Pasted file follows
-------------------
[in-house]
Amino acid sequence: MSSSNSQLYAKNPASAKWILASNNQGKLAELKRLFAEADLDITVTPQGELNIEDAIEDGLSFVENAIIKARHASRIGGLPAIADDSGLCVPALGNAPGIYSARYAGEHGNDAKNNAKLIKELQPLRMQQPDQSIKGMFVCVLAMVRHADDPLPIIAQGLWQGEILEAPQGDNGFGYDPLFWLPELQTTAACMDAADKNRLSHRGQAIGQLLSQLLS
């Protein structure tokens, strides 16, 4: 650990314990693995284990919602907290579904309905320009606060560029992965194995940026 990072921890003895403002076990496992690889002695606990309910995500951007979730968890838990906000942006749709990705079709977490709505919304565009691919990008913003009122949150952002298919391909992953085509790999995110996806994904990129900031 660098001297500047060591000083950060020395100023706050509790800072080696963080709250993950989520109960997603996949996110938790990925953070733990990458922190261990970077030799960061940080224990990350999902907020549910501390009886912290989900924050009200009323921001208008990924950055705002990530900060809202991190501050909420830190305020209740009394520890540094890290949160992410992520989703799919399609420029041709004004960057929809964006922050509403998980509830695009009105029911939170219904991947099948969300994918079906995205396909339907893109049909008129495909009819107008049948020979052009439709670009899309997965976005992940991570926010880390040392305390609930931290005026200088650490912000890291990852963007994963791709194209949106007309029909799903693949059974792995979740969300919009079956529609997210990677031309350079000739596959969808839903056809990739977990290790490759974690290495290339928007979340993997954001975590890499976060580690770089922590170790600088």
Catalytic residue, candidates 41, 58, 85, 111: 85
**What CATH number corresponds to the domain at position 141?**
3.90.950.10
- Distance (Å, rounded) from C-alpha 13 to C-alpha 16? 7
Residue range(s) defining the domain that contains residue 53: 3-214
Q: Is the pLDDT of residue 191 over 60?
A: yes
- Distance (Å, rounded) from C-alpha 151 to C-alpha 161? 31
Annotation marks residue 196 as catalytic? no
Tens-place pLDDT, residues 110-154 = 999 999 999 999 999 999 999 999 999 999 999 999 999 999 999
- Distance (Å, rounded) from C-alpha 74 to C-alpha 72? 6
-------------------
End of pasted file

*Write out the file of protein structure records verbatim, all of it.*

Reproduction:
[in-house]
Amino acid sequence: MSSSNSQLYAKNPASAKWILASNNQGKLAELKRLFAEADLDITVTPQGELNIEDAIEDGLSFVENAIIKARHASRIGGLPAIADDSGLCVPALGNAPGIYSARYAGEHGNDAKNNAKLIKELQPLRMQQPDQSIKGMFVCVLAMVRHADDPLPIIAQGLWQGEILEAPQGDNGFGYDPLFWLPELQTTAACMDAADKNRLSHRGQAIGQLLSQLLS
């Protein structure tokens, strides 16, 4: 650990314990693995284990919602907290579904309905320009606060560029992965194995940026 990072921890003895403002076990496992690889002695606990309910995500951007979730968890838990906000942006749709990705079709977490709505919304565009691919990008913003009122949150952002298919391909992953085509790999995110996806994904990129900031 660098001297500047060591000083950060020395100023706050509790800072080696963080709250993950989520109960997603996949996110938790990925953070733990990458922190261990970077030799960061940080224990990350999902907020549910501390009886912290989900924050009200009323921001208008990924950055705002990530900060809202991190501050909420830190305020209740009394520890540094890290949160992410992520989703799919399609420029041709004004960057929809964006922050509403998980509830695009009105029911939170219904991947099948969300994918079906995205396909339907893109049909008129495909009819107008049948020979052009439709670009899309997965976005992940991570926010880390040392305390609930931290005026200088650490912000890291990852963007994963791709194209949106007309029909799903693949059974792995979740969300919009079956529609997210990677031309350079000739596959969808839903056809990739977990290790490759974690290495290339928007979340993997954001975590890499976060580690770089922590170790600088």
Catalytic residue, candidates 41, 58, 85, 111: 85
**What CATH number corresponds to the domain at position 141?**
3.90.950.10
- Distance (Å, rounded) from C-alpha 13 to C-alpha 16? 7
Residue range(s) defining the domain that contains residue 53: 3-214
Q: Is the pLDDT of residue 191 over 60?
A: yes
- Distance (Å, rounded) from C-alpha 151 to C-alpha 161? 31
Annotation marks residue 196 as catalytic? no
Tens-place pLDDT, residues 110-154 = 999 999 999 999 999 999 999 999 999 999 999 999 999 999 999
- Distance (Å, rounded) from C-alpha 74 to C-alpha 72? 6